When the implant is sufficiently stable in your jaw, your dentist will begin creating the replacement tooth or crown. The abutment is also attached to the implant post at this stage, and your gums are left to heal for around two weeks. After this, your dentist will use impressions of your mouth to create the replacement tooth or crown, which is then screwed or cemented into the foundation.

How long do dental implants last?

Once a dental implant post is fused with your jawbone, it should last for the rest of your life. However, the dental crowns that are placed on your implant to replace your missing teeth will only last between five and fifteen years in most cases, after which they will need to be replaced. Thankfully, you will not need to undergo a full dental implant surgery at this point.

Dental implant aftercare

Though designed to be permanent, dental implants may not last if you do not look after your teeth and overall oral health. To ensure that your full dental implants last as long as possible, you should continue to brush at least twice a day, floss regularly and avoid overdoing it on sugary foods and drinks.

After having dental implants placed, patients will need to follow a liquid diet for the first two days, before slowly introducing soft foods that require little chewing. Patients should avoid tough, sticky or crunchy foods for between three and six months to ensure the dental implants stabilise properly. Your implant dentist will help you understand what soft foods to eat after dental implants are placed, and what you can and cannot eat through each stage of post-treatment care to avoid implant failure.

Other factors that may affect the longevity of your dental implants include teeth grinding, which can wear down your dental crowns faster, and heavy smoking, which not only deteriorates your crowns but leads to decay of your gums and jaw. This will ruin the stable connection between your implant and bone, while also having a host of negative ramifications for your remaining natural teeth.

How much do dental implants cost?

The cost of dental implants will depend on a number of factors, including how many you require, the level of decay you may have in your gums and bone, and how complex the procedure is likely to be. To help you understand your options, you can speak to our team who will provide their recommendation on the best treatment for you and how much that would cost.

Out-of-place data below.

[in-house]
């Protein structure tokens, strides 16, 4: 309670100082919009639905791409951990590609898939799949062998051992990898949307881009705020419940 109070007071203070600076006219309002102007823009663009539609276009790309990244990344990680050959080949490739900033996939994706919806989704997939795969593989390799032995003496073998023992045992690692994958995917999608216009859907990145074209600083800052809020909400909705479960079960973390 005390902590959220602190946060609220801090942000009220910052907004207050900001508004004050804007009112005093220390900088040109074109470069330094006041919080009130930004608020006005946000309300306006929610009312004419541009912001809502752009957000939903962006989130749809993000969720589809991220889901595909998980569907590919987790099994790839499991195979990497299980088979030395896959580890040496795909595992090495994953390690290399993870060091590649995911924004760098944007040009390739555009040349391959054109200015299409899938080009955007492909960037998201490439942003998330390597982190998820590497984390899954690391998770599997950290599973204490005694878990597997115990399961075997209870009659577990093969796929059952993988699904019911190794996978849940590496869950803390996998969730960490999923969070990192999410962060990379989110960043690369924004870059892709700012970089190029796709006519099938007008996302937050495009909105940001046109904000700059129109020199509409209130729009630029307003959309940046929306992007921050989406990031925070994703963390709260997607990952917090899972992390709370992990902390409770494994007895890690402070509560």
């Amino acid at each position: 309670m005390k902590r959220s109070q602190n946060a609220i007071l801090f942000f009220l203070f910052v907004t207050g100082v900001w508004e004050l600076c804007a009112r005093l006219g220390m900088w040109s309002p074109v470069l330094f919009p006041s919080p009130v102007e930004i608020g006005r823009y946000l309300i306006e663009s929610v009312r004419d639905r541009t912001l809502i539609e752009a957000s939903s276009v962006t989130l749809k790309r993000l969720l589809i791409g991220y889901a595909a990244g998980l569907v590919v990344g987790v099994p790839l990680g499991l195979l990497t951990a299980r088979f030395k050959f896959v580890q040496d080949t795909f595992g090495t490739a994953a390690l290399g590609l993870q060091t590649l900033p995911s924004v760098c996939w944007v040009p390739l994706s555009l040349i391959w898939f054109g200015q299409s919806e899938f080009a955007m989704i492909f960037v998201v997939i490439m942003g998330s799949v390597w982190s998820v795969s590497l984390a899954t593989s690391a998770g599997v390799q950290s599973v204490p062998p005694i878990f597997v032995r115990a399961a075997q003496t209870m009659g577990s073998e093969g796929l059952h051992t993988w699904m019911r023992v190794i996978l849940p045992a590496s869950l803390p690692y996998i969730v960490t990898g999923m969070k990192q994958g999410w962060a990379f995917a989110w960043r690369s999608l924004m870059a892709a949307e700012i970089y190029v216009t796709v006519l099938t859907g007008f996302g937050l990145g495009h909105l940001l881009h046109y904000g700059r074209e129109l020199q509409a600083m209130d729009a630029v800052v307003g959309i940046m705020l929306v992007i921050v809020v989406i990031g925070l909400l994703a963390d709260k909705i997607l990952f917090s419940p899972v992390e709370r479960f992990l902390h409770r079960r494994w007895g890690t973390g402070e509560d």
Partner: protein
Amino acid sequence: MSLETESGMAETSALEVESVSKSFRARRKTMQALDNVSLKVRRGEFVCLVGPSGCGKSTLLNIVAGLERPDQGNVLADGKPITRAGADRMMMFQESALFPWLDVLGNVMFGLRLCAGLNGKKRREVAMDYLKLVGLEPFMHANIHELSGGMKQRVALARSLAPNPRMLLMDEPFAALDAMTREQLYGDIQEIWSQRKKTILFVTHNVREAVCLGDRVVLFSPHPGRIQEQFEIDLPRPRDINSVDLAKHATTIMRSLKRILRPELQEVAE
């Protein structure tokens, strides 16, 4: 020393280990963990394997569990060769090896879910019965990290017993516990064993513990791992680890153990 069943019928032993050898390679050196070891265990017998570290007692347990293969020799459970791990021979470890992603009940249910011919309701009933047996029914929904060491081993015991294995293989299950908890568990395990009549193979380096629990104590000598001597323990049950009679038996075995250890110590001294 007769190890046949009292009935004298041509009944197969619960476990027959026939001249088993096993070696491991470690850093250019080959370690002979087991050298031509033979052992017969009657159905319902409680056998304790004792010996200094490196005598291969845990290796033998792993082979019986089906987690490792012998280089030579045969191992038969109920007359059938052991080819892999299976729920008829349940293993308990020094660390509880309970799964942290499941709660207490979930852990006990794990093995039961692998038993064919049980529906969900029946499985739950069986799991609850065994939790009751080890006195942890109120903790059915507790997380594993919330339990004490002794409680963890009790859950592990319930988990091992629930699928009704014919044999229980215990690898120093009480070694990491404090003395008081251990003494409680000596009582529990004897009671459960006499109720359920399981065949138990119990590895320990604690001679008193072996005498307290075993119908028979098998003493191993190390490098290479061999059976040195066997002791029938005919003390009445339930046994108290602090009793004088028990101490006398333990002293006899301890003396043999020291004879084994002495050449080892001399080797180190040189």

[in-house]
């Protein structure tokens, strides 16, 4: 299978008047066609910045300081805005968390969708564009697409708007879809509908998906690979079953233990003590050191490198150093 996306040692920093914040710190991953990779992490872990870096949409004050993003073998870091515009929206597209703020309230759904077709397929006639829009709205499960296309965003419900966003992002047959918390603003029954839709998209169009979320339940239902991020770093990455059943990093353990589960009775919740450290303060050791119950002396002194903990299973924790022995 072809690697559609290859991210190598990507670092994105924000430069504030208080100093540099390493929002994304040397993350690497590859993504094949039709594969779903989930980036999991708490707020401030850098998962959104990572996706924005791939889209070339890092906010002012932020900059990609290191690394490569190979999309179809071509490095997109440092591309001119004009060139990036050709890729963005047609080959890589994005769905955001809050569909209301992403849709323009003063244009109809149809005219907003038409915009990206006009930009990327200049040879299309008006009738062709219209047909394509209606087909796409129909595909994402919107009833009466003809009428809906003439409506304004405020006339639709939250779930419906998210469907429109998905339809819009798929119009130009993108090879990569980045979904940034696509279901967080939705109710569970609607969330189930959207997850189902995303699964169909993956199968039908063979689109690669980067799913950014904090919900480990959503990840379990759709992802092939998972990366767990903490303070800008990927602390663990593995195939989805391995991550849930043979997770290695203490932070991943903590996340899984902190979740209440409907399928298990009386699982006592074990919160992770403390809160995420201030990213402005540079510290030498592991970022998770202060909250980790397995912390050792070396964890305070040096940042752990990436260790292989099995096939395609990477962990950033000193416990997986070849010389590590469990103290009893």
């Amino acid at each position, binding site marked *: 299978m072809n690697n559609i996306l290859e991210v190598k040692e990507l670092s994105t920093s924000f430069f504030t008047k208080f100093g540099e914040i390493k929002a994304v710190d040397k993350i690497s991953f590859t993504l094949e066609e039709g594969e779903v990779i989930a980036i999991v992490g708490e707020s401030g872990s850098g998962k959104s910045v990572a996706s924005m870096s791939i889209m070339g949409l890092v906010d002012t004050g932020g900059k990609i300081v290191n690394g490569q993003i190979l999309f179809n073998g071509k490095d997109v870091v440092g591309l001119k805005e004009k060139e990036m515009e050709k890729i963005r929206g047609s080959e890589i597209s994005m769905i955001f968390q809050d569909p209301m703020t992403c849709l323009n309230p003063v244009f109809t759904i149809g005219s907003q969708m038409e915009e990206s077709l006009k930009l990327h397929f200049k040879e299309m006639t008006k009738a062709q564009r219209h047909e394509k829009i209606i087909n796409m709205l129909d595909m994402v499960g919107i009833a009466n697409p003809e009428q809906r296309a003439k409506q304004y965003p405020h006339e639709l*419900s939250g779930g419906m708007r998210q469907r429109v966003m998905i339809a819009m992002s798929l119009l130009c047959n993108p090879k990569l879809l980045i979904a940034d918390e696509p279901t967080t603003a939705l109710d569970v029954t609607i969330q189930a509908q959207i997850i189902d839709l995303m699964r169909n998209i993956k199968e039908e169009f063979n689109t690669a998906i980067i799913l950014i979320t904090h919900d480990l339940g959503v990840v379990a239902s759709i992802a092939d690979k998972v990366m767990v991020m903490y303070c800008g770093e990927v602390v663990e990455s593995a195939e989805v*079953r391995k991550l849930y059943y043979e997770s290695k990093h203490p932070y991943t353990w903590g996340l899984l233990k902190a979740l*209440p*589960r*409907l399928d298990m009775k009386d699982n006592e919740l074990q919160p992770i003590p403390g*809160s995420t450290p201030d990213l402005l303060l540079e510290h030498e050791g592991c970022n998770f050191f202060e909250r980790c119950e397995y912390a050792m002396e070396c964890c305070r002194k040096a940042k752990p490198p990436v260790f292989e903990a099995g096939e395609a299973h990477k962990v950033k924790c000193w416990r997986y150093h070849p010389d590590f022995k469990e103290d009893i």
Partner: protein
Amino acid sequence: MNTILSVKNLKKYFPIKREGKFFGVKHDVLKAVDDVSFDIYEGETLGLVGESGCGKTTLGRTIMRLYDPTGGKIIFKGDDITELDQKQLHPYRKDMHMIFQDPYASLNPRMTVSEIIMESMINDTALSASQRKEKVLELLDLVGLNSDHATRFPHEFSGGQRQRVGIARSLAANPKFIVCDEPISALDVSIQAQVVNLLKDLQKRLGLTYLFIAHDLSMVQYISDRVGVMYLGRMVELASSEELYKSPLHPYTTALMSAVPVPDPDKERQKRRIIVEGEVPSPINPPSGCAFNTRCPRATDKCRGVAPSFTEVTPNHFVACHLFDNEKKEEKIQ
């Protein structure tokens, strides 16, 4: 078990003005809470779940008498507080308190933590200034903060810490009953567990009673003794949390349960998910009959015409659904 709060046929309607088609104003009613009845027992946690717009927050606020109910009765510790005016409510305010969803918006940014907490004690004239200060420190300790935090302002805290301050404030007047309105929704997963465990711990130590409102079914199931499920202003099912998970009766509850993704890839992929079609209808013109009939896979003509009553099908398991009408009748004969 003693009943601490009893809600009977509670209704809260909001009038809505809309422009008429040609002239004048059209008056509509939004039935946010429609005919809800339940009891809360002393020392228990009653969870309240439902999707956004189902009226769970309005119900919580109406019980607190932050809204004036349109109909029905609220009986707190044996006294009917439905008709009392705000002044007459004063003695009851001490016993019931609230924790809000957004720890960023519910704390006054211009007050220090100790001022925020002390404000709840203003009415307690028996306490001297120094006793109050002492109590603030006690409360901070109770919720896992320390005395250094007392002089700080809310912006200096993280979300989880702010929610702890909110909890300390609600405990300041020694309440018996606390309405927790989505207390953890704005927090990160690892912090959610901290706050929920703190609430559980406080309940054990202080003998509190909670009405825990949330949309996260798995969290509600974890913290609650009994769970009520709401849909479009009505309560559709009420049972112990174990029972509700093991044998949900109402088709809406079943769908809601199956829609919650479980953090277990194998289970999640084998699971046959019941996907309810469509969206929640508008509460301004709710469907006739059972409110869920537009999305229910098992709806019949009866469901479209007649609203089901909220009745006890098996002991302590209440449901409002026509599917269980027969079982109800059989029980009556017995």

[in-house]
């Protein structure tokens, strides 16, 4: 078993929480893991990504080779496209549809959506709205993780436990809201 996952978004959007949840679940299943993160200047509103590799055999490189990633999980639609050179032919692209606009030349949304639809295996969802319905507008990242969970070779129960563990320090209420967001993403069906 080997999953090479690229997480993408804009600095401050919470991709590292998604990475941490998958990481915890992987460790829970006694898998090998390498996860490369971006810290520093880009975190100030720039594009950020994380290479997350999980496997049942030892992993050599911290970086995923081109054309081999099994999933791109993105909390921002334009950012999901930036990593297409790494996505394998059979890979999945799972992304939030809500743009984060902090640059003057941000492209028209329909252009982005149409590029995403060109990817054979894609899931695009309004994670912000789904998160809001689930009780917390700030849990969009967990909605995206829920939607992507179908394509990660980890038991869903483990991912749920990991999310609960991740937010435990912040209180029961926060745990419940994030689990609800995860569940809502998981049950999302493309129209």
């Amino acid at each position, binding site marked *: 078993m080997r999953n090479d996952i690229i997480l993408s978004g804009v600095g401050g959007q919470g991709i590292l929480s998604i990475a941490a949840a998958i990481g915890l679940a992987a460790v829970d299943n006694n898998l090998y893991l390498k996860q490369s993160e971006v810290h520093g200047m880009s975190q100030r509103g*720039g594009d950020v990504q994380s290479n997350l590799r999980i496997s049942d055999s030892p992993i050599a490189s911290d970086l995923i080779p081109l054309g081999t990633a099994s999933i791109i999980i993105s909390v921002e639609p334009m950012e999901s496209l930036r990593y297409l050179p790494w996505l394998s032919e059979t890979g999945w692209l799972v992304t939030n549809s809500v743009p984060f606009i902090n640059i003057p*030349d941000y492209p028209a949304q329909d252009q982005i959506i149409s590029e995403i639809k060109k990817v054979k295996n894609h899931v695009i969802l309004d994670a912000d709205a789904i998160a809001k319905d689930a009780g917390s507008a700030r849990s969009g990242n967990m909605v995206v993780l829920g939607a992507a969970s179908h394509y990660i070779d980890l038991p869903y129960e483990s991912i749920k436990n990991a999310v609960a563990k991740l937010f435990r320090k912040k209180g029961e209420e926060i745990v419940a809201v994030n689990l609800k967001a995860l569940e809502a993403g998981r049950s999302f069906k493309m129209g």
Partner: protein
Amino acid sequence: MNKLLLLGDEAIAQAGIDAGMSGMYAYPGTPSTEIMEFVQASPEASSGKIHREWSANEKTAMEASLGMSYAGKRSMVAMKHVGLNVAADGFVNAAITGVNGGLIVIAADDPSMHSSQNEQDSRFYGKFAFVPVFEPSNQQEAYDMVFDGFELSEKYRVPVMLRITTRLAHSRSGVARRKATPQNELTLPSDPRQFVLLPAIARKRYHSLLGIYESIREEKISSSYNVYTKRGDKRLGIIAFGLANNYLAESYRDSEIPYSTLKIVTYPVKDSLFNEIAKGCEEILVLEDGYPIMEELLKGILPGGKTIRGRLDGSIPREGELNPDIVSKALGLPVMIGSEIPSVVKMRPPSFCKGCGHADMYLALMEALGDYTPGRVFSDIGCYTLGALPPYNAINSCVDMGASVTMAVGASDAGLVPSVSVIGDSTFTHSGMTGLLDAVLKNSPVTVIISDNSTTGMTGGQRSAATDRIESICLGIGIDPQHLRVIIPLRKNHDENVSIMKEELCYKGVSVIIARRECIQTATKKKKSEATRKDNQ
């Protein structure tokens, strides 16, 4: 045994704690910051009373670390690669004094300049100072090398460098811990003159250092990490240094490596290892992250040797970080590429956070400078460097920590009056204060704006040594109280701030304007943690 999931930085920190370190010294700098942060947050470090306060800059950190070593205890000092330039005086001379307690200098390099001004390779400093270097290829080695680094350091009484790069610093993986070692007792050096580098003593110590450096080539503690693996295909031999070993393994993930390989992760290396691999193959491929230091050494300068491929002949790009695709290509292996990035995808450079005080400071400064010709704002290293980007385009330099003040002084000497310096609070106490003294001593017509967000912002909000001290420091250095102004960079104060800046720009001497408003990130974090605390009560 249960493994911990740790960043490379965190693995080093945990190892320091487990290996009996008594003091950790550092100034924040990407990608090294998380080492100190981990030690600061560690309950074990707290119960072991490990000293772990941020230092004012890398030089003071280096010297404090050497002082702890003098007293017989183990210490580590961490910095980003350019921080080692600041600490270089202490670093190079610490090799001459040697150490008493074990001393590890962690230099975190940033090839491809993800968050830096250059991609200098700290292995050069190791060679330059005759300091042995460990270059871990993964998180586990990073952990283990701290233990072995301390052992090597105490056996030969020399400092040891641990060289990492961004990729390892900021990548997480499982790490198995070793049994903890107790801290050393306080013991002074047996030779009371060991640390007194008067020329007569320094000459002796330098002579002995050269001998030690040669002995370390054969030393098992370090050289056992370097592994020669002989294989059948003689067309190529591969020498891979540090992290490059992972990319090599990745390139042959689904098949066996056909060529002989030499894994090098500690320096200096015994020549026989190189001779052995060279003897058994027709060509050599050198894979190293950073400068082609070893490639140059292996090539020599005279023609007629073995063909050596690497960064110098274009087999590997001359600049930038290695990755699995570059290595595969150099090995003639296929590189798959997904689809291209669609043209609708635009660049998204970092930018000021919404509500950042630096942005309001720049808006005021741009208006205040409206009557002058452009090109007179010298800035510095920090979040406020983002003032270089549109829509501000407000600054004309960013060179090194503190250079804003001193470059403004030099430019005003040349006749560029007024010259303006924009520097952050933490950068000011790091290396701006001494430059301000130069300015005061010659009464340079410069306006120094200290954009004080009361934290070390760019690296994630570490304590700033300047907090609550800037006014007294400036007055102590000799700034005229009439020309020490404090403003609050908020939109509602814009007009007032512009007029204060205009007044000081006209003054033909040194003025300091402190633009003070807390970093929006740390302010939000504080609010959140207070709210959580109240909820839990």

Dental implants are typically an expensive procedure, but by providing a largely permanent solution to missing teeth, they can save you money in the long run if you maintain your oral health and replacement teeth.

Does health insurance cover dental implants?

The cost of your dental implants may be partially covered by your private health insurance, depending on your level of cover and what they include in coverage. If you are considering dental implants, we suggest contacting your health fund directly to find out whether they would be able to partially or fully cover the treatment.

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Melbourne’s implant specialist

CDIC is home to one of the formative and leading full mouth implant dentists in the country, Dr Hillel New. He was one of the first dentists in Australia trained to deliver All On 4 dental implants, and his expertise extends across all areas of implant surgery. He leads a team of dedicated, highly-trained and compassionate professionals excited to help you restore your smile. To start your own smile transformation, book an obligation-free consultation and we will help you understand whether dental implants are the right treatment for your needs. We can’t wait to see your new smile.